ECB to Let Banks Run Lower Capital Levels to Deal With Virus

The European Central Bank will let banks run lower capital ratios as part of measures to keep credit flowing as the coronavirus disrupts the economy.

Banks can fully use certain capital and liquidity buffers, and they will have more leeway in choosing instruments to meet demands for financial strength, the ECB said Thursday. The central bank will also consider “operational flexibility” in implementing bank-specific supervisory measures.

Bloomberg reported earlier that the ECB was planning to let banks dip into their capital buffers.

“The coronavirus is proving to be a significant shock to our economies,” Andrea Enria, chair of the ECB supervisory board, said in a statement. “Banks need to be in a position to continue financing households and corporates experiencing temporary difficulties.”

European policy makers are rushing to provide stimulus and make sure banks continue to provide credit, as the spread of the novel virus wreaks havoc on the economy and threatens to push up bad loans. The ECB’s moves come a day after the Bank of England cut rates and introduced a series of emergency measures, including lower capital requirements and a lending program for smaller companies.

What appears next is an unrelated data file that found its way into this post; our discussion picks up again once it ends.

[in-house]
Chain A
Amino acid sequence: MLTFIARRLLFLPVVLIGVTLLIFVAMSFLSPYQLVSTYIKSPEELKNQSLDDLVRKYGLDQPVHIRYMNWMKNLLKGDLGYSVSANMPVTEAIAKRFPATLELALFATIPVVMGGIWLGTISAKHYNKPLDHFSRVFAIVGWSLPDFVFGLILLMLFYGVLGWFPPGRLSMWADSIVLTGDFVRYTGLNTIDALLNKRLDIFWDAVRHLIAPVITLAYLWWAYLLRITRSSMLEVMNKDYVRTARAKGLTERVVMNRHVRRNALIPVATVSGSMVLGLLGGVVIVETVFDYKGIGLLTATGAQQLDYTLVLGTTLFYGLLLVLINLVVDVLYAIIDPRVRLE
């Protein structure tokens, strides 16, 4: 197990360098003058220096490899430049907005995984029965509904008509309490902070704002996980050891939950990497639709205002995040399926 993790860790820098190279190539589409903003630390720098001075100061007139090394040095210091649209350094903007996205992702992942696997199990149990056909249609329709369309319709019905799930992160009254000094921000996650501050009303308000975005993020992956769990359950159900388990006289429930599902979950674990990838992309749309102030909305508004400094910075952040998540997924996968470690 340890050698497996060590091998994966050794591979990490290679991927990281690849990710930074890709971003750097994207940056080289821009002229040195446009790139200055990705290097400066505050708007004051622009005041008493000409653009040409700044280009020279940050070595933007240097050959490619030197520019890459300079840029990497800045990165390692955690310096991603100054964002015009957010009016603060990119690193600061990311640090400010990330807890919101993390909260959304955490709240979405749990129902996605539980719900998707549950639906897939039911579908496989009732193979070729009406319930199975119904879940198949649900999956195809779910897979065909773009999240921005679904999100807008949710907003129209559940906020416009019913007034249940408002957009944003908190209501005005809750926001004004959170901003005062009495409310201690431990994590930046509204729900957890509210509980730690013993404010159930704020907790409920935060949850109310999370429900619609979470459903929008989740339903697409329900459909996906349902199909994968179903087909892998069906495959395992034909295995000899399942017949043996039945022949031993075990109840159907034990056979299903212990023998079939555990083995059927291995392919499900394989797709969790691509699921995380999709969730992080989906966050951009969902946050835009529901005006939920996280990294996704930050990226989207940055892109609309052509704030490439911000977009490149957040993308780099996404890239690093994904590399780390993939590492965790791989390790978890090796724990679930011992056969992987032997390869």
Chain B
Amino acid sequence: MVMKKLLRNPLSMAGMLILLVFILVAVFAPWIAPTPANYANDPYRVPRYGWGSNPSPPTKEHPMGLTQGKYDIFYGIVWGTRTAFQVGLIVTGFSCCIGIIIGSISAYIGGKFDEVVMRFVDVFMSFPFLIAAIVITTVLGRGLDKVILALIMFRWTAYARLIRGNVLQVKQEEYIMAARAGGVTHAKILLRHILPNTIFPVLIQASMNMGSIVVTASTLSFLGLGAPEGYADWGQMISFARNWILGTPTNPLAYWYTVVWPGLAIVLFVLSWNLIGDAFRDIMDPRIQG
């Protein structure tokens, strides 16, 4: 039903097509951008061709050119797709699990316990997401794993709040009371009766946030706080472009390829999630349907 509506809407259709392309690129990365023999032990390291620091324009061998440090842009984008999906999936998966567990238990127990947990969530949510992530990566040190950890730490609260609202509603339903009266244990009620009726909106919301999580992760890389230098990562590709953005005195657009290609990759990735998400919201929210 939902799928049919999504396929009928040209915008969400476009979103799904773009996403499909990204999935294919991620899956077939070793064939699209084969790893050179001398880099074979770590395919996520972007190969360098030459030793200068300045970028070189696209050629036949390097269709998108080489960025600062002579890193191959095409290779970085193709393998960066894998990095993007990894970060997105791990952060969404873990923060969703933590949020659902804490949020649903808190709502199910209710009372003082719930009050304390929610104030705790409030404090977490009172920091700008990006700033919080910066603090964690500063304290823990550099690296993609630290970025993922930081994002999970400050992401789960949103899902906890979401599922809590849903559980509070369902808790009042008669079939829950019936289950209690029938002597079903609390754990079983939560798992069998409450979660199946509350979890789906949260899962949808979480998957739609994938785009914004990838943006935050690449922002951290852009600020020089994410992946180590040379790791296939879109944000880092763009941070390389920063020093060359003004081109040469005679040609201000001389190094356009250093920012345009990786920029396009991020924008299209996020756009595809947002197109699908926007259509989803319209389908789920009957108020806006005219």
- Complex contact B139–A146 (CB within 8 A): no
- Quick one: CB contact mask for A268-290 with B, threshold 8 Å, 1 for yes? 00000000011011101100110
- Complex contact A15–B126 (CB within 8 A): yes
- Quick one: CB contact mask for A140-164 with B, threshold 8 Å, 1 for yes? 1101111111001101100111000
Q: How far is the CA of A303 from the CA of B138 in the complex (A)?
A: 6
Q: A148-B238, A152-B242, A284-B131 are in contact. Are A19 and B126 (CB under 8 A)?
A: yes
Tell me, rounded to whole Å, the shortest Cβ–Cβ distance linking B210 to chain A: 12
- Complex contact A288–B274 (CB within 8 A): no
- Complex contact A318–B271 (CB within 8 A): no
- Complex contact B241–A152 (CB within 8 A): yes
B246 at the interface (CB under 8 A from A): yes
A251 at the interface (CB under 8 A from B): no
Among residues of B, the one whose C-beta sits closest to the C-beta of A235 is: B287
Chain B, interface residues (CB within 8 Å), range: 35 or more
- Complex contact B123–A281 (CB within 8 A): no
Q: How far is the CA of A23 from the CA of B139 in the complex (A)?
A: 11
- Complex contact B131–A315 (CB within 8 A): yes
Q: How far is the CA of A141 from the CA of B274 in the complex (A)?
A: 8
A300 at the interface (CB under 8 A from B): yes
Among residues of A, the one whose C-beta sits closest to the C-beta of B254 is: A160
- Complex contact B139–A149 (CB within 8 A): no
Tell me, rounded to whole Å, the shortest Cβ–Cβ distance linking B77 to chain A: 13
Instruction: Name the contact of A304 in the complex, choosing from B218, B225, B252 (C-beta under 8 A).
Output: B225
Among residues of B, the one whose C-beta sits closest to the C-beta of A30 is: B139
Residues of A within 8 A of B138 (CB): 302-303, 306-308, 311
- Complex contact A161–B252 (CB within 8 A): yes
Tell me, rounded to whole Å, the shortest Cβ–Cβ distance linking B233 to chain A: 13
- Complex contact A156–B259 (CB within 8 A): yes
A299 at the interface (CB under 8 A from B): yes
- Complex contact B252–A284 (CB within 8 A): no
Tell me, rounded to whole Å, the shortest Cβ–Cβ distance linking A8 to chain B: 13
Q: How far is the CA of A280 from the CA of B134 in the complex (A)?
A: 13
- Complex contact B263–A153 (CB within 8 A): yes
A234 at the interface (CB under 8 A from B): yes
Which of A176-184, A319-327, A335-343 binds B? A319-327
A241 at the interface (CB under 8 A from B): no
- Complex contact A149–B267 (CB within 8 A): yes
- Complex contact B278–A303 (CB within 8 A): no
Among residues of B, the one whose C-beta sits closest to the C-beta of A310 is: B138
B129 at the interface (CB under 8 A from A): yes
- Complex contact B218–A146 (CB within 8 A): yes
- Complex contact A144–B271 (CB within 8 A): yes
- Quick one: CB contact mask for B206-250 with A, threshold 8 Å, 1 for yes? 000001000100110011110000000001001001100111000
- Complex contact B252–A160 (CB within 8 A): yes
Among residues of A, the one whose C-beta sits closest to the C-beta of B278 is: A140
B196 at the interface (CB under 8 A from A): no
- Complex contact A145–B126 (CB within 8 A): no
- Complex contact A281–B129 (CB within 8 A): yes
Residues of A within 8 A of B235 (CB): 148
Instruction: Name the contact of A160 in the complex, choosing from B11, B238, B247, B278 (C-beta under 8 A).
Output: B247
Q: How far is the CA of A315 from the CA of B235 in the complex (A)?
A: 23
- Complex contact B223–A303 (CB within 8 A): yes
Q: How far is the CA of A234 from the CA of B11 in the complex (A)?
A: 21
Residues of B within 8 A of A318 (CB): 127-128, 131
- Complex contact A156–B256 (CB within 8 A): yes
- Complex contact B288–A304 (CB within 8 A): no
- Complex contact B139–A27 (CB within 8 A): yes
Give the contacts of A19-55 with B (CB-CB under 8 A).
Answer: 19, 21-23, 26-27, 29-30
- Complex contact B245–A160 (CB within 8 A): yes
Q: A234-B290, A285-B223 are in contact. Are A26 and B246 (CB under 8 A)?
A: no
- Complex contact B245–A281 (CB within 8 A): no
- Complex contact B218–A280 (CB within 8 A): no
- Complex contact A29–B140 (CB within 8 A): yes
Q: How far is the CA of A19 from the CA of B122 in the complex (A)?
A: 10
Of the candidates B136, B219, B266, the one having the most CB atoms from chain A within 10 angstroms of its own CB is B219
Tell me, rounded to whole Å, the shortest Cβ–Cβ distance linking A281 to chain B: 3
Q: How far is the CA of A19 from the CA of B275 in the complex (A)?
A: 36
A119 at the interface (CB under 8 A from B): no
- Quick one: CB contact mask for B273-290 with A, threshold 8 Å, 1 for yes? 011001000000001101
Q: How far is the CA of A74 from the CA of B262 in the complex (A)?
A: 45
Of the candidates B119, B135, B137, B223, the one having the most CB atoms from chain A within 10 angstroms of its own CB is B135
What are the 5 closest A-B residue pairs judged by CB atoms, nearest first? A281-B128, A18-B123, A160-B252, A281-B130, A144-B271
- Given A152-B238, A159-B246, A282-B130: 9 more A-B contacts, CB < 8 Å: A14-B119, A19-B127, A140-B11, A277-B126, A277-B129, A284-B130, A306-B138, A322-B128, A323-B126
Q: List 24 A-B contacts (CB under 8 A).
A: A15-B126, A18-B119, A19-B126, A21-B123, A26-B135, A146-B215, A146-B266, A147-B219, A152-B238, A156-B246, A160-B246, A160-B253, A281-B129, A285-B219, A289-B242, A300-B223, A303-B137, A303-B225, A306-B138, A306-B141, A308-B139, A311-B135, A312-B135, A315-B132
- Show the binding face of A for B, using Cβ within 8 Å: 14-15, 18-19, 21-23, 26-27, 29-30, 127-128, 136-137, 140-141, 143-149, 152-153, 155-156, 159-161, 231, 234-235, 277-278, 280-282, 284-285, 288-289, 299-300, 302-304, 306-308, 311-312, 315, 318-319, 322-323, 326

Since the credit crunch, regulators have demanded that banks reduce risk and bolster their financial strength to be able to swallow losses without resorting to taxpayers for a bailout. Those requirements started to plateau this year, leading several banks to promise higher dividends and even plans to repurchase stock from investors battered by the industry’s years of underperformance.

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